Keywords and Phrases

In the parable of the Rich Man and Lazarus, the first part of the verse here in 16:19 says, “but there was a rich man.” This same phrase is also found in Luke 16:1 with an identical Greek construction (minus the δέ for “but”) to start the previous parable. A similar Greek construction is also found to start the parable that begins in Luke 12:16.

Ανθρωπος δέ τις ἦν πλούσιος (Luke 16:19 BGT)

ἄνθρωπός τις ἦν πλούσιος (Luke 16:1 BGT)

ἀνθρώπου τινὸς πλουσίου (Luke 12:16 BGT)

This suggests that from the standpoint of the Greek, this is a parable and not a real story.

One of the most important key words in this passage is the name of “Abraham.” From the beginning of Luke’s Gospel, the relationship of Abraham to the Jews as his descendants plays a significant role (Luke 1:55, 73). Because of this, they are recipients of the promises of God to Abraham and his offspring for salvation and mercy. This expectation as children of Abraham is found in other places within Luke (Luke 3:8; 13:16; 19:9).

Related to the keyword of “Abraham” are also the expressions of endearment in the conservation for Abraham and the rich man, which consist of “father” (thee times) and “child” (once), respectfully. It is quite significant that Abraham still calls the rich man “child” even though he is cast out away from God. Another related keyword is Abraham’s bosom, which is not referring to a place, but rather a position or condition that means being close with. It is similar to the idea of John leaning on the bosom of Jesus (John 13:23) or Jesus still being in the bosom of the Father (John 1:18).

Another keyword is the name “Lazarus,” which means one whose hope is in God. This name obviously has a significant meaning in the context of the parable.

Additionally, contrasts of certain keywords should also be noted. There is “us” and “you,” “good” and “bad,” and “in anguish” and “comforted.” There is also an implied contrast between the “dead” and the living.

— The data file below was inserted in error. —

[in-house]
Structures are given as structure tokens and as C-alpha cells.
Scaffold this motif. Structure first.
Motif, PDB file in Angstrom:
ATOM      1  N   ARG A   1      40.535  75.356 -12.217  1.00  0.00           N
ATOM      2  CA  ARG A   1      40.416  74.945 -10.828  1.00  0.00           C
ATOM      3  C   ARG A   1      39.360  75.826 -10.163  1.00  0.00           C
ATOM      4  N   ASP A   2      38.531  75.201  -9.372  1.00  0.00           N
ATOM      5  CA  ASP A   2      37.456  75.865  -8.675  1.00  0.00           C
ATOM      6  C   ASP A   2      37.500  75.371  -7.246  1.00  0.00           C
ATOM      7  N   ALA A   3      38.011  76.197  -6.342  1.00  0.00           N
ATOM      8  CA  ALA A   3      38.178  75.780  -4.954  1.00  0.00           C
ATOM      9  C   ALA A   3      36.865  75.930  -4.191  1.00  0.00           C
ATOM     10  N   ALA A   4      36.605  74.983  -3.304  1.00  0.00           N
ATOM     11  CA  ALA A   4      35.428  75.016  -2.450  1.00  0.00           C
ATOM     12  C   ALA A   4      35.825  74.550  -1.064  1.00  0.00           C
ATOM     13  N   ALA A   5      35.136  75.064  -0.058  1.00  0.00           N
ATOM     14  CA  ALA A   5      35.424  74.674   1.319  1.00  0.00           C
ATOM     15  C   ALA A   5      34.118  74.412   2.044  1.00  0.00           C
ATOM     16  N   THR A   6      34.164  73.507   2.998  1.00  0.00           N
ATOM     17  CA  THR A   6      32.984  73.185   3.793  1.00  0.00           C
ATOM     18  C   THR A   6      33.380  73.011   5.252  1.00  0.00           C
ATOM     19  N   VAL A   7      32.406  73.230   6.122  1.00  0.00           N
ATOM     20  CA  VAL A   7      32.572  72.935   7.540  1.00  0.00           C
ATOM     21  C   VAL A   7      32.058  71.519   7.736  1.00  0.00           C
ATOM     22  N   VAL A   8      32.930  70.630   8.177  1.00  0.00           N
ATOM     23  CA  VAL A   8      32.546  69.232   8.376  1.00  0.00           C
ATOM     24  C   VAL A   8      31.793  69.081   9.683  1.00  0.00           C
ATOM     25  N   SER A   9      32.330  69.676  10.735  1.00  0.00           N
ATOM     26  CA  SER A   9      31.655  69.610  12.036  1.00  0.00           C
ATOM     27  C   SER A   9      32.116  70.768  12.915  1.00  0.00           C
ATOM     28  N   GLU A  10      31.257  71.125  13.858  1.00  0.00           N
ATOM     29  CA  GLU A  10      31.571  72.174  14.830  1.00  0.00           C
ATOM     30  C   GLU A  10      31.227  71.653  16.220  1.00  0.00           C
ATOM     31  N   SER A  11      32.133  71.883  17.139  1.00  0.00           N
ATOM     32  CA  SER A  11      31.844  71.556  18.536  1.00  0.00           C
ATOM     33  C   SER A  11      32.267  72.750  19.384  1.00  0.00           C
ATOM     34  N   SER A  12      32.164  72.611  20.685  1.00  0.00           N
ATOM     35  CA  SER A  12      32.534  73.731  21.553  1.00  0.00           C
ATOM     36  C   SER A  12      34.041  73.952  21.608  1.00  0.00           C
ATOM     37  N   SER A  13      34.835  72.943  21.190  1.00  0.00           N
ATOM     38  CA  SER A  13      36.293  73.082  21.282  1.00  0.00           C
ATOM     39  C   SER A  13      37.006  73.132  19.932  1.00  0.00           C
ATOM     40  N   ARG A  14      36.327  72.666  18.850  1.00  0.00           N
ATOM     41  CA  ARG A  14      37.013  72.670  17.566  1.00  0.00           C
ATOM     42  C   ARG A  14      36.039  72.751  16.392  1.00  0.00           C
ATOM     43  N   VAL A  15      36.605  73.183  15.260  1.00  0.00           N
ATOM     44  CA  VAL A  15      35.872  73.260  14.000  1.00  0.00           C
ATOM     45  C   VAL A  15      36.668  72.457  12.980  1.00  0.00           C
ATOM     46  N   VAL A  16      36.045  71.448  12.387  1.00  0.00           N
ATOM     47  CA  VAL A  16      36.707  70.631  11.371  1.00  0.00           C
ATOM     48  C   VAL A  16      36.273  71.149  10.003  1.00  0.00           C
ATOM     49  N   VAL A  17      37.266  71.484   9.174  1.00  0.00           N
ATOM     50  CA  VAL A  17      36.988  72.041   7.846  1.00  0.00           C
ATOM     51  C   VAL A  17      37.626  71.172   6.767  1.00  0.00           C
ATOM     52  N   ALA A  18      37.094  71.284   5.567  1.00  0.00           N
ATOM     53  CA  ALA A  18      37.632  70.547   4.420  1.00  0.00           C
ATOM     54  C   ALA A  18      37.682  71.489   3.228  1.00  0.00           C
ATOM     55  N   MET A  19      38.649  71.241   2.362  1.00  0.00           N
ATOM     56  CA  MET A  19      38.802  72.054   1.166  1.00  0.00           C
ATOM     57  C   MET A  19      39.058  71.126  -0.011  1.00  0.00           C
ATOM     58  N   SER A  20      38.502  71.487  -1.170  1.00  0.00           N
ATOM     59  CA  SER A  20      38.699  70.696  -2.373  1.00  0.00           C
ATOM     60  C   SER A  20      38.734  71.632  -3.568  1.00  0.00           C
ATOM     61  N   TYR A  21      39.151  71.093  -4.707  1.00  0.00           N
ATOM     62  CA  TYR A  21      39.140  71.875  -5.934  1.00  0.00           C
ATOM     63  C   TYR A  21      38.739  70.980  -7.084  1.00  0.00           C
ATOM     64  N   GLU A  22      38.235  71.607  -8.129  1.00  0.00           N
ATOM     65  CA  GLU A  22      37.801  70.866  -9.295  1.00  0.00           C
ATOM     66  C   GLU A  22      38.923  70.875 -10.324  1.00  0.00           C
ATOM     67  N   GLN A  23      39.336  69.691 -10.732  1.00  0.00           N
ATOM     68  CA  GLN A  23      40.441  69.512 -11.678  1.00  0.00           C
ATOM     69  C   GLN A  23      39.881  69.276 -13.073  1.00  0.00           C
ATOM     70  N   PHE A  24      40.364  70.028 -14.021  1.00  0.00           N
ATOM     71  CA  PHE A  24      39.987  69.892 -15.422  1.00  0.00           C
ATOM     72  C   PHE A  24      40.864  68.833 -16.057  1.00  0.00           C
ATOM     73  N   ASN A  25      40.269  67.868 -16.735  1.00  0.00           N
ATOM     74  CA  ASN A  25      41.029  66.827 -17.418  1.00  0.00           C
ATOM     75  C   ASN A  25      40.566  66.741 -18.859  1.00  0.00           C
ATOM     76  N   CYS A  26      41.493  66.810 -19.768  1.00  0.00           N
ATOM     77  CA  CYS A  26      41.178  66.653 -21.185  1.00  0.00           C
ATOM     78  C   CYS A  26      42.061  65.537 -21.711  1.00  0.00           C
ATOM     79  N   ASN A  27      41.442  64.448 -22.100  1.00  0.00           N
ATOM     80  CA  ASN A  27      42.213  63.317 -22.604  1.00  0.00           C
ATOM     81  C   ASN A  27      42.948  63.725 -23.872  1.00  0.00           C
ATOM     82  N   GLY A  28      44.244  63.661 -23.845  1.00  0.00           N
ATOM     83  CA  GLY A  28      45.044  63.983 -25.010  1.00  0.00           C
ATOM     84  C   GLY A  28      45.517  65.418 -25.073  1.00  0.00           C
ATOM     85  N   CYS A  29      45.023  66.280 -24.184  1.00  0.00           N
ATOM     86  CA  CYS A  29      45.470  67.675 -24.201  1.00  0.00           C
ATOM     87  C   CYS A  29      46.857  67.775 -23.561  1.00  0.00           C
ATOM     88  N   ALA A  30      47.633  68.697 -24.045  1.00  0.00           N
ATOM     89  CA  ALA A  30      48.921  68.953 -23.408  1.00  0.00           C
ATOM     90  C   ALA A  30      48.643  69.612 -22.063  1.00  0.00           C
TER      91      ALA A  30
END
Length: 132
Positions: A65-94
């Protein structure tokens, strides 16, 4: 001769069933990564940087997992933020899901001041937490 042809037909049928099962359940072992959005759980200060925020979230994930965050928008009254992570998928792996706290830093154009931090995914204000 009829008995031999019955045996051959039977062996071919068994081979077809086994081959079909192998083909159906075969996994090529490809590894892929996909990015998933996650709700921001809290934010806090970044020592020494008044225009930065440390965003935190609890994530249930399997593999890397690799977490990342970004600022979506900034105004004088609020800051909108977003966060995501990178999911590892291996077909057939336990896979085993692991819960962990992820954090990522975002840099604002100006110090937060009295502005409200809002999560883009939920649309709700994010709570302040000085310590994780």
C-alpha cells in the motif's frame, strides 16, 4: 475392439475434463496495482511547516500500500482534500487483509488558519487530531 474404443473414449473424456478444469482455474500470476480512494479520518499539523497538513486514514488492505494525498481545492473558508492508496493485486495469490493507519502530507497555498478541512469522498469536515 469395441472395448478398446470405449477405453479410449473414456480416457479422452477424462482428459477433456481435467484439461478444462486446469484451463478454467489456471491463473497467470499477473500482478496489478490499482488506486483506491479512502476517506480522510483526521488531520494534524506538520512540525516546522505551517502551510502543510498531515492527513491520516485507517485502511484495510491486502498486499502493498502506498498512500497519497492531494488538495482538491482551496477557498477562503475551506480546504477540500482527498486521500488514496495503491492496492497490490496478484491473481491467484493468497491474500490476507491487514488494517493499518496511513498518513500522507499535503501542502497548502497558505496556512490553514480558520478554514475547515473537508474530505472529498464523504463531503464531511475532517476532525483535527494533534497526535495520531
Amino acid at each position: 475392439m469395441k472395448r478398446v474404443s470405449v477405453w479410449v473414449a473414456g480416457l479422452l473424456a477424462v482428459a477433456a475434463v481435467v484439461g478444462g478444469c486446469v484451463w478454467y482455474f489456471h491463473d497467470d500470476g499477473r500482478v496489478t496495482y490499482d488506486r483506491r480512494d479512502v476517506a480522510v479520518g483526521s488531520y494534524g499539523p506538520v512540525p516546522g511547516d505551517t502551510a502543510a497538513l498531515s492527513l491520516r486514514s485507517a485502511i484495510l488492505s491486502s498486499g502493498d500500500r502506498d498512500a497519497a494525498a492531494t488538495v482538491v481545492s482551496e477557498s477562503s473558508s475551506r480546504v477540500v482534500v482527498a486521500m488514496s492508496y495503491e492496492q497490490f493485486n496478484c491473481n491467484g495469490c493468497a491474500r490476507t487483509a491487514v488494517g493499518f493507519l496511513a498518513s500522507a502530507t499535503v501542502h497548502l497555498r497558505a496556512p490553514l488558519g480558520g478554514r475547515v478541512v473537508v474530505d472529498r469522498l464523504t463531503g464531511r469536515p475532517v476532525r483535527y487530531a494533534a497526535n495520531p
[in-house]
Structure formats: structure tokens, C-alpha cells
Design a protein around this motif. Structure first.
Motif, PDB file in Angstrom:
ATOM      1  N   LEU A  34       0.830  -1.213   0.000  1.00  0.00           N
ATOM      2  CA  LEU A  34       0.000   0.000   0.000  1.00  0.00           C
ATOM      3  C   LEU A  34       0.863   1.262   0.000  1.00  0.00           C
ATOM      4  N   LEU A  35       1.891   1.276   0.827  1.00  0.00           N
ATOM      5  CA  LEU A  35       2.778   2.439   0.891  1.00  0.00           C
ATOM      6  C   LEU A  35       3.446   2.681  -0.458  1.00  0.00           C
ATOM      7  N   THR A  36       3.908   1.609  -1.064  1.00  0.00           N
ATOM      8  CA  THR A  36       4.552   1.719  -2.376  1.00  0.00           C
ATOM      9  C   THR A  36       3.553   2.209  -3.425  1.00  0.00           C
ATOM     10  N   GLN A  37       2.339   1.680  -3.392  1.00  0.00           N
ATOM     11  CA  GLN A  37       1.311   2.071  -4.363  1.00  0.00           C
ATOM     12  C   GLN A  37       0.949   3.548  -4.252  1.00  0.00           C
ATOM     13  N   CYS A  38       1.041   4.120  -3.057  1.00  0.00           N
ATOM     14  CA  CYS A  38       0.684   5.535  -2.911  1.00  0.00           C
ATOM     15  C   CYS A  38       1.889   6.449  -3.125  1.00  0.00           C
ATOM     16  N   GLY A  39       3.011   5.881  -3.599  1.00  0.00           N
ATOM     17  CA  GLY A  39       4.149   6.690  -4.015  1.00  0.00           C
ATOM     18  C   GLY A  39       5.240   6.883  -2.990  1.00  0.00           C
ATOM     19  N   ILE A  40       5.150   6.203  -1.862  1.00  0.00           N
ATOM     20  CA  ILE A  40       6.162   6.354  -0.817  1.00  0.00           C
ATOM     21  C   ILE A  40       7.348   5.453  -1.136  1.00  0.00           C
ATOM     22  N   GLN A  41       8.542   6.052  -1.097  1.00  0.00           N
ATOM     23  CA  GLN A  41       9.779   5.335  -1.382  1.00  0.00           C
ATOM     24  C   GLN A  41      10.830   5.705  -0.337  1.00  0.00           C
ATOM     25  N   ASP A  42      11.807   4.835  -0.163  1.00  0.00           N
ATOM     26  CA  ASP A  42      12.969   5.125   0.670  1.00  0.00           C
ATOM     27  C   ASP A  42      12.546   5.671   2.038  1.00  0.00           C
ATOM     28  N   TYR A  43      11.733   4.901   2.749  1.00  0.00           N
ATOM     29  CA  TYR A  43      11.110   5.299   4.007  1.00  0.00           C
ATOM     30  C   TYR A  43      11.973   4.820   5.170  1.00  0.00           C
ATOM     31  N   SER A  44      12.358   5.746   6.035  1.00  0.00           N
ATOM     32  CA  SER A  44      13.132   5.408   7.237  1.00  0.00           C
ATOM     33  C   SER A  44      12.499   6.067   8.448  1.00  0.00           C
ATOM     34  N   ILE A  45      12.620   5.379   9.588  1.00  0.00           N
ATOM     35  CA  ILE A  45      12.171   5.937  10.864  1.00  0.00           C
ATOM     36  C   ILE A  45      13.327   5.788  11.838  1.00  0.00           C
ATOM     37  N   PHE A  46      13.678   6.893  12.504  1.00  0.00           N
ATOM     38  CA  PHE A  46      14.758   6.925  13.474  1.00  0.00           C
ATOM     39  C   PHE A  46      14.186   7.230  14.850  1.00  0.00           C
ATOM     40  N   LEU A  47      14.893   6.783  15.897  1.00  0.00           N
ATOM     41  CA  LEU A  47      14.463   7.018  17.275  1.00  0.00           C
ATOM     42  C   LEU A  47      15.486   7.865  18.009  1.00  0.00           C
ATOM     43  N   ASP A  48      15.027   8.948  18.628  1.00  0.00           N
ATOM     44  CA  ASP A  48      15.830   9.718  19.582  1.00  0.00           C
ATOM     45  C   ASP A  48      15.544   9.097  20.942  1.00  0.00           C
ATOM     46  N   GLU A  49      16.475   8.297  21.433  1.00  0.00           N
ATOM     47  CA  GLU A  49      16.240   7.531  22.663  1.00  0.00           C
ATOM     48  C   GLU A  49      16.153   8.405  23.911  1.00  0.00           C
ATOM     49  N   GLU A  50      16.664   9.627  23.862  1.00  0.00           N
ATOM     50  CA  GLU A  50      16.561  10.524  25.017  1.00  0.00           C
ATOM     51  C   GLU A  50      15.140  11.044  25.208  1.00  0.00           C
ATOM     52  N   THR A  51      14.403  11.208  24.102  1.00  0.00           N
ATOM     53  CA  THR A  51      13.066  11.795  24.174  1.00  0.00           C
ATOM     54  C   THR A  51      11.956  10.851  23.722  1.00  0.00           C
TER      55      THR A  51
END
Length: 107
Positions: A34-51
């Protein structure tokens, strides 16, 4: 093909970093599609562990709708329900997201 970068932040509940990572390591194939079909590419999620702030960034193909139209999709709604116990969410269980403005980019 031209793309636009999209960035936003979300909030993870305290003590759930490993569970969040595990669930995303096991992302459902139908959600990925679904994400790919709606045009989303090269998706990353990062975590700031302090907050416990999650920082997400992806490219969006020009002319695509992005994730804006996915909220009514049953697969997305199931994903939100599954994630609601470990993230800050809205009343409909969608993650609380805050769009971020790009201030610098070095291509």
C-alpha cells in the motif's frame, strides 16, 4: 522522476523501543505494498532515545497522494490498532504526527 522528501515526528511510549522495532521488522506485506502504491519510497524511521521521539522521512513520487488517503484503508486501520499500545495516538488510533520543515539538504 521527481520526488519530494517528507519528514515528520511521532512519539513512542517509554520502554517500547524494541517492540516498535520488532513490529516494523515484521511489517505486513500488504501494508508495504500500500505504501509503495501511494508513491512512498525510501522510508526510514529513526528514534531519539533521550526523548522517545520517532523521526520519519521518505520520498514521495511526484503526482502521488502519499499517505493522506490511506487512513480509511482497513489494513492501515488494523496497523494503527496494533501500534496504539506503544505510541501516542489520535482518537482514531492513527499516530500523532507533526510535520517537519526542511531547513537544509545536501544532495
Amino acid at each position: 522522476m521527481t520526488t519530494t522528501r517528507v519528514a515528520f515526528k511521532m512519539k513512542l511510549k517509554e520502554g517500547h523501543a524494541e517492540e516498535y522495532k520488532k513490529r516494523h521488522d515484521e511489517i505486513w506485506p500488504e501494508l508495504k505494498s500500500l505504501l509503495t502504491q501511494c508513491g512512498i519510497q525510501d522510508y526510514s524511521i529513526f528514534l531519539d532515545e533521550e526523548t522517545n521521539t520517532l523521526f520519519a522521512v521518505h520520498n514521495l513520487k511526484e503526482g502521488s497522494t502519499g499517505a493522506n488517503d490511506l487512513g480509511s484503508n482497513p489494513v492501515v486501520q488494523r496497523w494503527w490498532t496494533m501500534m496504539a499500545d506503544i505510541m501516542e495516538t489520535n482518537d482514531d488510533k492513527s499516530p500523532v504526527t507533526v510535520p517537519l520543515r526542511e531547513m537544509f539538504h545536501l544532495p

Cultural Background

This parable of Rich Man and Lazarus was told in the presence of some Pharisees. The Pharisees were found in the villages of both Galilee and Judea, as well as in Jerusalem (Luke 5:17). They were also often lovers of money (Luke 16:14) and were frequently quite wealthy. We find in the Gospels that the Pharisees were often opposed to Jesus and his teachings.

The Jews believed they were to be recipients of the promises God made to Abraham as long as they obeyed the law and traditions that had been handed down to them. They generally thought that they were in fact pleasing to God. They also believed in spirits and a resurrection of the dead for the righteous. However, they did not believe in a resurrection of the wicked (an insight from the first century Jewish historian Josephus), asserting instead that they would simply be cast into a place of eternal punishment.

Relation to Other New Testament Texts

The focus on Moses (or the laws of Moses) and the prophets, as in this parable about the Rich Man and Lazarus, is found in other places in Luke. It was in the laws of Moses and the prophets where Jesus was written about (Luke 1:70; 18:31; 24:25, 27, 44; also see Acts 24:14; 26:22; 28:23). In addition, this passage seems to be related to an earlier remark in Luke:

And one said unto him, Lord, are they few that are saved? And he said unto them, Strive to enter in by the narrow door: for many, I say unto you, shall seek to enter in, and shall not be able. When once the master of the house is risen up, and hath shut to the door, and ye begin to stand without, and to knock at the door, saying, Lord, open to us; and he shall answer and say to you, I know you not whence ye are; then shall ye begin to say, We did eat and drink in thy presence, and thou didst teach in our streets; and he shall say, I tell you, I know not whence ye are; depart from me, all ye workers of iniquity. There shall be the weeping and the gnashing of teeth, when ye shall see Abraham, and Isaac, and Jacob, and all the prophets, in the kingdom of God, and yourselves cast forth without. And they shall come from the east and west, and from the north and south, and shall sit down in the kingdom of God. (Luke 13:23-29 ASV)

Another relevant passage is at the beginning of Luke’s Gospel, which reads, “The hungry he hath filled with good things; And the rich he hath sent empty away … (As he spake unto our fathers) Toward Abraham and his seed for ever” (Luke 1:53, 55 ASV). In addition, “But woe unto you that are rich! for ye have received your consolation” (Luke 6:24 ASV). And, “For it is easier for a camel to enter in through a needle’s eye, than for a rich man to enter into the kingdom of God” (Luke 18:25 ASV). The following passage seems to be relevant as well, “So is he that layeth up treasure for himself, and is not rich toward God” (Luke 12:21 ASV). There is also the rich man that was told to give his wealth to the poor and follow Jesus (Luke 18:22), and the salvation that came to the rich tax collector who repented and offered to give half of his wealth to the poor (Luke 19:2-9).